Many schools across Nebraska are closed today.  I have to say the same is true of ours – I gave my kids their assignments for the week early, so that we could have today off.  That being said, I am still planning on doing some fun activities that will help us to acknowledge the importance of tomorrow.  Some are meaningful – a few are fun.  But I am hoping that all that will help us to stay in the spirit of gratitude.

As with many experiences in our house, music and books are definitely involved.  I posted my personal Thanksgiving playlist yesterday on my other blog. And later today, I will post an entry just about the books that we read almost every year to celebrate this special holiday of gratefulness.

At first I thought about putting a bunch of links of different Thanksgiving activities.  But in this world of Pinterest, that search can actually be overwhelming.  Which provides too many options for one family to do in a day or maybe even in a dozen Thanksgivings.  So, instead I am posting some of my favorite activities that we have actually done – providing both simple suggestions and ways to “take it up a notch!” (Thanks, Emerill, for that great catch phrase!)


Simple: Scholastic has a link to an online Plymouth Plantation field trip.  These excellent re-enactments would provide your family with background to the true first Thanksgiving.  Easy to watch and quite educational!

Take it up a notch …:

My dear friend, Jami, is the queen of making celebrations more meaningful.  I really appreciate her intentional way of living.  She shared a great idea that she had found where you have your kids actually walk through the first Thanksgiving that she found at No Time for Flashcards.  You can have your kids learn while moving around the room.  Another idea: Jami actually used objects to help with re-enacting the story instead of just using printed pieces of paper.  Below there is a combined list of items that were used to make this interactive.


Simple …

Many years ago, my Mom got us the great “Little People “Thanksgiving Celebration” set.  I love getting it down every year and enjoy  hearing the kids act out the first Thanksgiving.  (It appears to me that they updated the set to make it a bit more multicultural – I like our original one a bit better!)  I put this out and imaginations take over.

Take it up a notch …

Using the concept of walking through history above, hide Thanksgiving symbols and have your kids go on a scavenger hunt, taking the time afterwards to talk about what each symbol means.  (Evidently Little People used to sell a “Mayflower” ship.  We just used our “Little People Pirate Ship” and covered up that flag with more of a Pilgrim one!) Here are a dozen suggested items to get you started (the italicized ones are from the “Little People Thanksgiving set). Note: these items could also used as a part of the history walk through from up above.

  1. The Pilgrim and Native Americans (both boys and girls): men and women needed to work together to survive; the Pilgrims needed the help from the Native Americans)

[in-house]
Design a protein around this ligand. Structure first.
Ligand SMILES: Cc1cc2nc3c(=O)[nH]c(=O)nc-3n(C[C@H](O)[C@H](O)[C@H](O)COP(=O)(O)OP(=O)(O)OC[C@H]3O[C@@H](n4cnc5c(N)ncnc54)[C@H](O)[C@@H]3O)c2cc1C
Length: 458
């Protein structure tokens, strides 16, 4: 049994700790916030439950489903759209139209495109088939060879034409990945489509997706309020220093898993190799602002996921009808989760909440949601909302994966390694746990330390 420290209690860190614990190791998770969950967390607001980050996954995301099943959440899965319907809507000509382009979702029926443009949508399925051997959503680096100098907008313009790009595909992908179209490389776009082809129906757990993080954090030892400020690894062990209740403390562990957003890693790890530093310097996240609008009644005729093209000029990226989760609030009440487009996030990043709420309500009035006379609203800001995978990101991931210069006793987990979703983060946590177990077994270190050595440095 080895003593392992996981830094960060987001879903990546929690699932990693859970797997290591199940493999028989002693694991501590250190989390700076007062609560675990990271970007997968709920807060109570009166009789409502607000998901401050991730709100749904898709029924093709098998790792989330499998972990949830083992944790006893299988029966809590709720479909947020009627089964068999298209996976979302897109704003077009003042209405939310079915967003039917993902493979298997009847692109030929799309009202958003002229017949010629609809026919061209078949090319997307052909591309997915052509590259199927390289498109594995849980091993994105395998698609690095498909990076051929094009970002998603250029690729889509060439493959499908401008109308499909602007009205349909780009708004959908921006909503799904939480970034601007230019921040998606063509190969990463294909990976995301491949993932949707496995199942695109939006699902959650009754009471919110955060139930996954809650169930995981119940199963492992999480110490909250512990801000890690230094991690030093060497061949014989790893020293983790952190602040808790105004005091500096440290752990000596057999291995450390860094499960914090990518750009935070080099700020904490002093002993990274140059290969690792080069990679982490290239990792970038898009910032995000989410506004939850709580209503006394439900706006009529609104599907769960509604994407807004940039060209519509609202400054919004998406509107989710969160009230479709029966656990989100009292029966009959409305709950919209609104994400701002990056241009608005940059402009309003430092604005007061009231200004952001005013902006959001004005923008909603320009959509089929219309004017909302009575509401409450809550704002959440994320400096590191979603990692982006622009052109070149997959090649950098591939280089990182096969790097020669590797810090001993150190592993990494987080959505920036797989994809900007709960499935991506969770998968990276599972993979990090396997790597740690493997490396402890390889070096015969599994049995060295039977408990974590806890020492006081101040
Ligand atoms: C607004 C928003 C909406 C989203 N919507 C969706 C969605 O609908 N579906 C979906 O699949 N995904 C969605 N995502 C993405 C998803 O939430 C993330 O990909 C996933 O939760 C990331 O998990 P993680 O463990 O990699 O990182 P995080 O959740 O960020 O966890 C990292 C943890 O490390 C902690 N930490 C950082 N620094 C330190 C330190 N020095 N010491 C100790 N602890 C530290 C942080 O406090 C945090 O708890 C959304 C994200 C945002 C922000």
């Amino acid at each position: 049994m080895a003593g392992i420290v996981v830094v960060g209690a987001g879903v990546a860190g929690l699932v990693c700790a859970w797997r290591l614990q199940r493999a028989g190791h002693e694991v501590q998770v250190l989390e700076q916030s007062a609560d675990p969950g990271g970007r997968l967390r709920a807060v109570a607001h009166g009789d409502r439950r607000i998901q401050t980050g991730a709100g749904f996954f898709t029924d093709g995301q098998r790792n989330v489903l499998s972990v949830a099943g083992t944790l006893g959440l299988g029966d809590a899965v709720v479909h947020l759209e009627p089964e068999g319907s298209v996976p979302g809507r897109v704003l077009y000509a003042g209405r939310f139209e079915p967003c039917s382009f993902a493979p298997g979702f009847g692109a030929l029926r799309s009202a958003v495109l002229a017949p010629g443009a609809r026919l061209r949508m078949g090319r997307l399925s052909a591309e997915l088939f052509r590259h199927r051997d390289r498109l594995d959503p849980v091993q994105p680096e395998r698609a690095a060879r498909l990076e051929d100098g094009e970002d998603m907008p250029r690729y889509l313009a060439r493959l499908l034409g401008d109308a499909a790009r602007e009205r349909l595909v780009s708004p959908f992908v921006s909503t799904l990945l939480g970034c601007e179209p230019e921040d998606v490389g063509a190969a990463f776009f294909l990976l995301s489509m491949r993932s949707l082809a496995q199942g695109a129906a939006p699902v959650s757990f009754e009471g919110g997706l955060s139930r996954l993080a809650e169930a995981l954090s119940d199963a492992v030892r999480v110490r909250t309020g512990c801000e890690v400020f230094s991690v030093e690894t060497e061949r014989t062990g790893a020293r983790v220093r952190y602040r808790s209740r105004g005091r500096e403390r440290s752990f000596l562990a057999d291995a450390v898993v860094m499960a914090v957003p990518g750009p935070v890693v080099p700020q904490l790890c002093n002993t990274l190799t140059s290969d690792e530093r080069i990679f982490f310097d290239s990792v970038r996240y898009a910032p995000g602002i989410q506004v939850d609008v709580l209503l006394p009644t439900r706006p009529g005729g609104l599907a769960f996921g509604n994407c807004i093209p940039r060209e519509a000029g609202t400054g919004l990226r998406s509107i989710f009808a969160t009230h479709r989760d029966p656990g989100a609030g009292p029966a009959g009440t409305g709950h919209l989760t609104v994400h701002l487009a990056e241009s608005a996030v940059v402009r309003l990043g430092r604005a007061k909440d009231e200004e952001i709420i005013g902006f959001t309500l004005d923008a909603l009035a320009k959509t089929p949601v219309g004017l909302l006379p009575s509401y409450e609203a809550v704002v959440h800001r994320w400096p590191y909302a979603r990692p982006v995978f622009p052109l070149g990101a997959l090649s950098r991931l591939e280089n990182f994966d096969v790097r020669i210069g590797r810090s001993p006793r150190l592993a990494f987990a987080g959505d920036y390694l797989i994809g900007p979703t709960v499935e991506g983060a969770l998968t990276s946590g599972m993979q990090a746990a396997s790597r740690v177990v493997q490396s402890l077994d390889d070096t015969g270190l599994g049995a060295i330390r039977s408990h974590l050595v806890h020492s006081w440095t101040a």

2. The pumpkin (to symbolize the planting of new foods)
  3. The turkey (reminder that they hunted to get their food)
  4. Benches: reminder that life was not comfortable for them
  5. A ship (actual play one or printed picture) – a reminder of their long journey
  6. Rock (to represent Plymouth Rock and their mark on the New World)
  7. A gavel or mallet to symbolize the Mayflower Compact – that they established laws right away
  8. Box of bandages or medicine: reminder that many were sick and did not survive
  9. A mitten or log: reminder of the rough weather that they had to endure – many were cold
  10. Five kernels of corn (the reminder that although their food was limited, they considered themselves to be blessed)
  11. A Bible (since they came for religious reasons)
  12. Cornucopia (symbolize the blessings they found)

If using items sound too complicated, you could simply print out and hide these meaningful Thanksgiving Scavenger hunt paper clues. (I think this is what we are going to do tonight for a family night!)



Keeping kids occupied: love the pages at Just Coloring Thanksgiving

Take it up a notch:

If your kids are bored with crayons and need a challenge, here are some great educational sheets for Preschoolers and for Early Elementary students.



If you are like my family, part of tomorrow will involve the television.  (I have one son who is a rather big NFL fan!)  So, rather than fighting it, watch with a bit of purpose.  We have enjoyed these printable Thanksgiving television bingo cards (options for both the Macy Day parade and football games).

Take it up a notch:

If you actually want your children to only eat potatoes and not become the couch variety, Spoonful has a collection of 24 great Thanksgiving Day games – some simple and some more complex.  I think we are going to try the Chopstick pass along using some of their items as well as candy corn.  After all, family togetherness is definitely a goal as well as gratitude!

Odyssey Thankful


P.S. I can’t resist one link: Having a Kid Friendly Thanksgiving Dinner.  I have not tried any of these ideas, but they may very well make my list!  Fun ideas for not forgetting the younger ones!

One last annual tradition: we usually try to watch a “Charlie Brown Thanksgiving.”  Today I finally decided that I am going to add the DVD to our collection, as opposed to scrambling to find it every year! Now  if only, I could get away with serving popcorn and toast for a meal or two …

Author: neodyssey